Faux painting? Faux marble, faux granite?

4 replies [Last post]
seashanty's picture
Offline
Joined:
06/02/2008

 Has anyone done faux painting ... to look like marble or granite?  I am gearing up to do this 

I love a good, break my nails, get dirty project (so appealing, I know)

I want to do faux granite countertops in the kitchen ... but it seems what the owners are gravitating towards is actually the look of marble ... not granite ...  fine by me.

I looked at the peel and stick faux granite and I don't think that will hold up, plus I didn't find it in the colors the family wants (it's not my kitchen)

So far, I've stripped the walls of the 50 year old orange and yellow wallpaper, repaired the holes in the plaster, painted the ceiling and put the base coat on the kitchen cabinets.  

The family can afford paint and my (free) labor which is why we aren't buying new counters.  

so ... hmmm ... I guess I'm just wondering if there are any do-it-yourself-ers out there who might've tackled this kind of project.

 

 

__________________

Wear cute PJ’s to bed; you never know who you may meet in your dreams.

 

Weaver's picture
Offline
Joined:
01/24/2012

I have, you need special countertop paint. check the big box stores for the right brands and combinations. prepare you counters according to directions and put on a good base coat, let it dry completely.

Pick the style and color combination of marble you want.  If you can buy a 12 by 12 tile it will help you a lot.  You can always return it when you are done using it as your model.

The real tricks are

1 - the right base color - usually the darkest or the lightest color in the range of the multi colored marble, sometimes the mid range is best with both lighter and darker colored veins - this is true for

2 - using a thin long wispy liner brush for the veining, use a very light touch you can add more but taking it away is much harder.

3 - a super soft dry brush to get the soft fuzzy lines and color blending, dry brush and blend in multiple directions, not at right angles, and not in circles unless you are going for an onyx look.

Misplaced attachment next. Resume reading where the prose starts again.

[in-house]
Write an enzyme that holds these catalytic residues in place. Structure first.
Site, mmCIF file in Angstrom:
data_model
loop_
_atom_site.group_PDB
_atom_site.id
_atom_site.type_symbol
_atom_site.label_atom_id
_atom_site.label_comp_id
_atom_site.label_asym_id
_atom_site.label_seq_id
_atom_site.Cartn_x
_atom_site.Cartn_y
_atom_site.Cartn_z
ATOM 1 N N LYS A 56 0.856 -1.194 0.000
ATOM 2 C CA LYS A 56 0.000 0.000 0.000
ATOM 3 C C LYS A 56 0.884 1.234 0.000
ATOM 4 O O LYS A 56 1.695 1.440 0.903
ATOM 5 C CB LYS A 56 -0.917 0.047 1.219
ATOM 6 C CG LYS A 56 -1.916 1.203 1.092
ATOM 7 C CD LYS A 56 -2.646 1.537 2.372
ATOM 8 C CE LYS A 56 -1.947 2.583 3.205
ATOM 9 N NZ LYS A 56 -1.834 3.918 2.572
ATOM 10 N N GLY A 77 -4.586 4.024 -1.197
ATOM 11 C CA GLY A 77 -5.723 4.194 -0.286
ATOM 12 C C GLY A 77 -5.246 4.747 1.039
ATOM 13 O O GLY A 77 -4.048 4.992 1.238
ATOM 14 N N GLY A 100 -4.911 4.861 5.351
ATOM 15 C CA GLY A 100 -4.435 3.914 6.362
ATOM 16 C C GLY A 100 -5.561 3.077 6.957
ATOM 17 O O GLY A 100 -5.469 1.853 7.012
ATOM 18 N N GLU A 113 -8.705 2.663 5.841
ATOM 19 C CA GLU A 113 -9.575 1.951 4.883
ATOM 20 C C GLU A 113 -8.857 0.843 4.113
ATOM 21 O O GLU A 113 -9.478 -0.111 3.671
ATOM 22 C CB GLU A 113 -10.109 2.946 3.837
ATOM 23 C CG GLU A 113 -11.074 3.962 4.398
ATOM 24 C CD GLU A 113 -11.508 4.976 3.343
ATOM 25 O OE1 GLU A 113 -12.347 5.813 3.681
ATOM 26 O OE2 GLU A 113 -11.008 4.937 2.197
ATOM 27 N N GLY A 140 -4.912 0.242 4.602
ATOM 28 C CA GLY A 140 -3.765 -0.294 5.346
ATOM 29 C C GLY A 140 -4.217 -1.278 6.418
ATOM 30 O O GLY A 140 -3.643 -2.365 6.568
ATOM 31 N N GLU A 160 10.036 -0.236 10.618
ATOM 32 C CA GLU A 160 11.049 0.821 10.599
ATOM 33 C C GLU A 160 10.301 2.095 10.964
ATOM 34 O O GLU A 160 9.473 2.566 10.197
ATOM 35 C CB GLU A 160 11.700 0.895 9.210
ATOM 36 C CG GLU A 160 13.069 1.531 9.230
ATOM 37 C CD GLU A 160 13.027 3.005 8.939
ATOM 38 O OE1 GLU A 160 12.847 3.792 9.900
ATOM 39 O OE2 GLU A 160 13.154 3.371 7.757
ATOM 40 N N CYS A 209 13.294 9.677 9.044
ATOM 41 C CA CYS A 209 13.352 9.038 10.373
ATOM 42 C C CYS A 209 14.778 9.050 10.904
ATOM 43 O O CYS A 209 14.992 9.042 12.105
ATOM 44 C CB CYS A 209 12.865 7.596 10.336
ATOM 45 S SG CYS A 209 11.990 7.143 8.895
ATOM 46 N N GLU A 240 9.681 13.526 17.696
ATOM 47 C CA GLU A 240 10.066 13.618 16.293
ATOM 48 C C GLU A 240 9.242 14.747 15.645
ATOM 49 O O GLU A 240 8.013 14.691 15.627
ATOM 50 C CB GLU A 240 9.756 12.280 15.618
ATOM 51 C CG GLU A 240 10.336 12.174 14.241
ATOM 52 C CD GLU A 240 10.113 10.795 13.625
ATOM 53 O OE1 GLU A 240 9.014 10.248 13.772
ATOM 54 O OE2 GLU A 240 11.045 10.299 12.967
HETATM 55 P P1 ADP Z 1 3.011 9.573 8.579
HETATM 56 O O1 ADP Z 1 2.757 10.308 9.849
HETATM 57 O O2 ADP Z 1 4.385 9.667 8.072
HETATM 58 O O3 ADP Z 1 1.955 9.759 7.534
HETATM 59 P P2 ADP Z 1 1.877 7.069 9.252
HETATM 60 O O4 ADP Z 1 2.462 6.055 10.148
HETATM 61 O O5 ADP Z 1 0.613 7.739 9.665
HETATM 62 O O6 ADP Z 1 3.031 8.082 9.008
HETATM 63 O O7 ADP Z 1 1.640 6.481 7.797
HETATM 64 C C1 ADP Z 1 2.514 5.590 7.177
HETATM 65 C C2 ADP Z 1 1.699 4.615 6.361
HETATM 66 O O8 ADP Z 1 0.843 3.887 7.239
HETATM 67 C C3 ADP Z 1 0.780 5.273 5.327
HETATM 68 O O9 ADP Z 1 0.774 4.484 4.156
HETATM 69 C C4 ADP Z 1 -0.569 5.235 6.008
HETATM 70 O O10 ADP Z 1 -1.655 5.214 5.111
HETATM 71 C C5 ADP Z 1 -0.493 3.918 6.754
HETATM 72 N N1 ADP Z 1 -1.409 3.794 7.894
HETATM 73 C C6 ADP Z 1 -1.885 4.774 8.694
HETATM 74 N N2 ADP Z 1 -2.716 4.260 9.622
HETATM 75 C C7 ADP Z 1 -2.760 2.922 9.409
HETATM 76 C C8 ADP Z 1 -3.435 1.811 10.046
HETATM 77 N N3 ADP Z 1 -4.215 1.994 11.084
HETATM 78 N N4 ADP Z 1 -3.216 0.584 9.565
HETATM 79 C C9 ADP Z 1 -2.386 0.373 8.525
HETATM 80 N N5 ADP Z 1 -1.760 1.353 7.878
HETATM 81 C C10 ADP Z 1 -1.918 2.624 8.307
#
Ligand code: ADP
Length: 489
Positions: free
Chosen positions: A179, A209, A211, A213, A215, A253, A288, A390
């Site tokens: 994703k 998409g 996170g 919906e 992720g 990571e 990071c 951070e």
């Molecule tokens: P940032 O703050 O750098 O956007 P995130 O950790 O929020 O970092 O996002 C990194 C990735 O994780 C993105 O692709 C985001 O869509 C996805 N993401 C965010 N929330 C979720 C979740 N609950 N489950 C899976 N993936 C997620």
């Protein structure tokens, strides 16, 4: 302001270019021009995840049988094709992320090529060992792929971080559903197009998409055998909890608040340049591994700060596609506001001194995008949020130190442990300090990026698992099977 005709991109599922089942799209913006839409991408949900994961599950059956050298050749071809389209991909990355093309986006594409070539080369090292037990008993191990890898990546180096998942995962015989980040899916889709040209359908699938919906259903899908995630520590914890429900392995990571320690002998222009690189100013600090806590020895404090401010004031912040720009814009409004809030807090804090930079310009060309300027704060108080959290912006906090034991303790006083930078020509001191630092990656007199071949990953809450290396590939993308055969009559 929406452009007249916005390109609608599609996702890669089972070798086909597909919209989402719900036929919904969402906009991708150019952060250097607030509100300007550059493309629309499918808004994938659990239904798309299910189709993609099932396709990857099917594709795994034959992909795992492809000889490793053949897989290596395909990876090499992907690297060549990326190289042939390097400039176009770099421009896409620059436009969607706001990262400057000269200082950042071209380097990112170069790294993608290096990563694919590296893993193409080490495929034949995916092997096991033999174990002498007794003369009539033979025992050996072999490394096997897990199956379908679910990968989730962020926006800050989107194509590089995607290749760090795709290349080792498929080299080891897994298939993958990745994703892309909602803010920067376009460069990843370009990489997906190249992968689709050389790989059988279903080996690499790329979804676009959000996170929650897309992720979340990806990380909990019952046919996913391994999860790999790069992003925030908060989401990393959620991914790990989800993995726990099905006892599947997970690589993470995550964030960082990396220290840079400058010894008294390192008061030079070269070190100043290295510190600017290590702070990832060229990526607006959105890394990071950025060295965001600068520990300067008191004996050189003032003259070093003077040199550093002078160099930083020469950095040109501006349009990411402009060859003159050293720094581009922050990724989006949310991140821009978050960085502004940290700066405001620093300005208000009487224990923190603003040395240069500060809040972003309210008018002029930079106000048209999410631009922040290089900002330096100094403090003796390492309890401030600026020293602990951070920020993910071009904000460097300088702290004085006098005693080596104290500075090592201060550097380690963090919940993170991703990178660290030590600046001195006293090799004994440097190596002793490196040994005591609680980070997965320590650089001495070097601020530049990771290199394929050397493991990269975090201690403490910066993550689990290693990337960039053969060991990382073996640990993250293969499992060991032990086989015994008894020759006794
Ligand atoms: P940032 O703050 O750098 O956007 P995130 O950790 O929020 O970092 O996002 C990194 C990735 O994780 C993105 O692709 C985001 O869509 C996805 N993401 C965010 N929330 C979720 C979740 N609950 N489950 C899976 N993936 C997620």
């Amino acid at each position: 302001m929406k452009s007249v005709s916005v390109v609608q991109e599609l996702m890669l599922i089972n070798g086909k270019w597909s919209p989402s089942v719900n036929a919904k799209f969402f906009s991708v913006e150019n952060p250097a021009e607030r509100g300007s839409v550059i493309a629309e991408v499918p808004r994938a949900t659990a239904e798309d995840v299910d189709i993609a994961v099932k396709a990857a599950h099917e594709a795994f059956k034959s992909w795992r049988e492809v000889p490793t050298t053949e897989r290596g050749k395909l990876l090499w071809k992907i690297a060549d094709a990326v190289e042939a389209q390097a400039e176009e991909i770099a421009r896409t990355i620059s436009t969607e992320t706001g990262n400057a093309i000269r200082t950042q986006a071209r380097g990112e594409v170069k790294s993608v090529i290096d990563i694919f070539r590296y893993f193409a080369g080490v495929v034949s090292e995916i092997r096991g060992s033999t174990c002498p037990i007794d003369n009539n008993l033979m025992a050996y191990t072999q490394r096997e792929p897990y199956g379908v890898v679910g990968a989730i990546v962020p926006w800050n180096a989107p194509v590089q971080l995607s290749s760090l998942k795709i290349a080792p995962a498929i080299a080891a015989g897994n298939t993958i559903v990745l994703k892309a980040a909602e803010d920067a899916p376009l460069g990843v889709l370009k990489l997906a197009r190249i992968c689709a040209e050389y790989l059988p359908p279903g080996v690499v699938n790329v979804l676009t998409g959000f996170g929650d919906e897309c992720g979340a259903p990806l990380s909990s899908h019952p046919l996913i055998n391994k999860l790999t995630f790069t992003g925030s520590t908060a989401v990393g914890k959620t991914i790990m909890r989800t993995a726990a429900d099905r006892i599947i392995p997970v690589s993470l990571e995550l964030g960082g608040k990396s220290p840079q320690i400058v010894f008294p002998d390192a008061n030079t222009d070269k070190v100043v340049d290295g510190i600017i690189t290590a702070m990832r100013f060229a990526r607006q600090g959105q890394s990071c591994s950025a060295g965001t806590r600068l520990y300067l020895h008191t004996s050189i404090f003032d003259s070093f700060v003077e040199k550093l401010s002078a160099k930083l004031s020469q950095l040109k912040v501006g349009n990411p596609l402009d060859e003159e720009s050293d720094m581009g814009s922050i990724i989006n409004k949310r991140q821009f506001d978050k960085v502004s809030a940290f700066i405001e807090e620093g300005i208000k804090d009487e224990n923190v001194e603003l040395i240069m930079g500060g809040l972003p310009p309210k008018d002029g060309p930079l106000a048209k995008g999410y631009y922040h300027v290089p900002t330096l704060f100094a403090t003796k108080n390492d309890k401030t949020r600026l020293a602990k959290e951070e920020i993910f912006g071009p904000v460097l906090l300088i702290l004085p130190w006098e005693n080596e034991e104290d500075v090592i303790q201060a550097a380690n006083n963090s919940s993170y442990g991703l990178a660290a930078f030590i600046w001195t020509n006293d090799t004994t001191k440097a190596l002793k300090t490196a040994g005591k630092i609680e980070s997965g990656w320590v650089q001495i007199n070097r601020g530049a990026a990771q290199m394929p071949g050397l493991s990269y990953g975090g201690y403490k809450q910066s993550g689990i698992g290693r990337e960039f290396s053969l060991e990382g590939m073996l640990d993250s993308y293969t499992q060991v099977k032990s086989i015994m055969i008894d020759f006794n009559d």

4 - for a counter top SEALING IT WITH THE RIGHT sealer  - don't cheap out here, sometimes if your paint is compatible a clear epoxy is a good solution.

dark green marble

This green marble has both light and dark veining with the mid range being the main color or background.

 

Madeleine's picture
Offline
Joined:
09/29/2011

I've seen it done, but have never done it myself. The secret was fine brushes to create the veining. Marble is probably easier to faux paint than granite. You need several different shades of the same color to get a good veining effect.

(BTW, all of the marble pillars and walls in Vegas? All faux painted.)

This looks like a decent set of instructions and there is a video as well. http://gorgeousshinythings.blogspot.com/2011/03/how-to-happy-hour-faux-c...

__________________

Everyday, for good or ill, we intersect with some else's story and become a part of it.

 

Arks's picture
Offline
Joined:
05/22/2010

You might see here about epoxy countertop coating. First you apply whatever material you want: paint, sand, probably even the peel and stick stuff, then you apply a coat of epoxy over it and heat it with a hair dryer to drive out air bubbles. It basically self-levels itself and dries to a hard, clear surface that will hold up to usual kitchen use.

It's kind of like the old decoupage technique but instead of a dozen thin coats of polyurethane on top, it's one thick strong coat of epoxy. I saw one show on DIY network where they broke up colored glass in a sack, spread it over the counter top and poured this epoxy over it (a very thick layer). It ended up a smooth hard countertop with all these colored glass fragments visible through the clear epoxy. Cool.

Haven't tried it but they made it look easy on DIY. They make everything look easy!

__________________

All saints can do miracles, but few of them can keep hotel. ~ Mark Twain

 

Weaver's picture
Offline
Joined:
01/24/2012

Arkansawyer wrote:

You might see here about epoxy countertop coating. First you apply whatever material you want: paint, sand, probably even the peel and stick stuff, then you apply a coat of epoxy over it and heat it with a hair dryer to drive out air bubbles. It basically self-levels itself and dries to a hard, clear surface that will hold up to usual kitchen use.

It's kind of like the old decoupage technique but instead of a dozen thin coats of polyurethane on top, it's one thick strong coat of epoxy. I saw one show on DIY network where they broke up colored glass in a sack, spread it over the counter top and poured this epoxy over it (a very thick layer). It ended up a smooth hard countertop with all these colored glass fragments visible through the clear epoxy. Cool.

Haven't tried it but they made it look easy on DIY. They make everything look easy!

the epoxy is NOT easy, it is easy to mix, easy to pour, but the edges are a pain in the A**!  Build a small frame around the countertop lip to allow you to either fill or catch the drips for the epoxy.  you can sand or steel wool any imperfections if you want.  Alternately you can build up the edge with inexpensive base moulding and create a lip and edge and then fill the countertop with the epoxy, eliminating the edge drippy mess and pain. 

Comment viewing options

Select your preferred way to display the comments and click "Save settings" to activate your changes.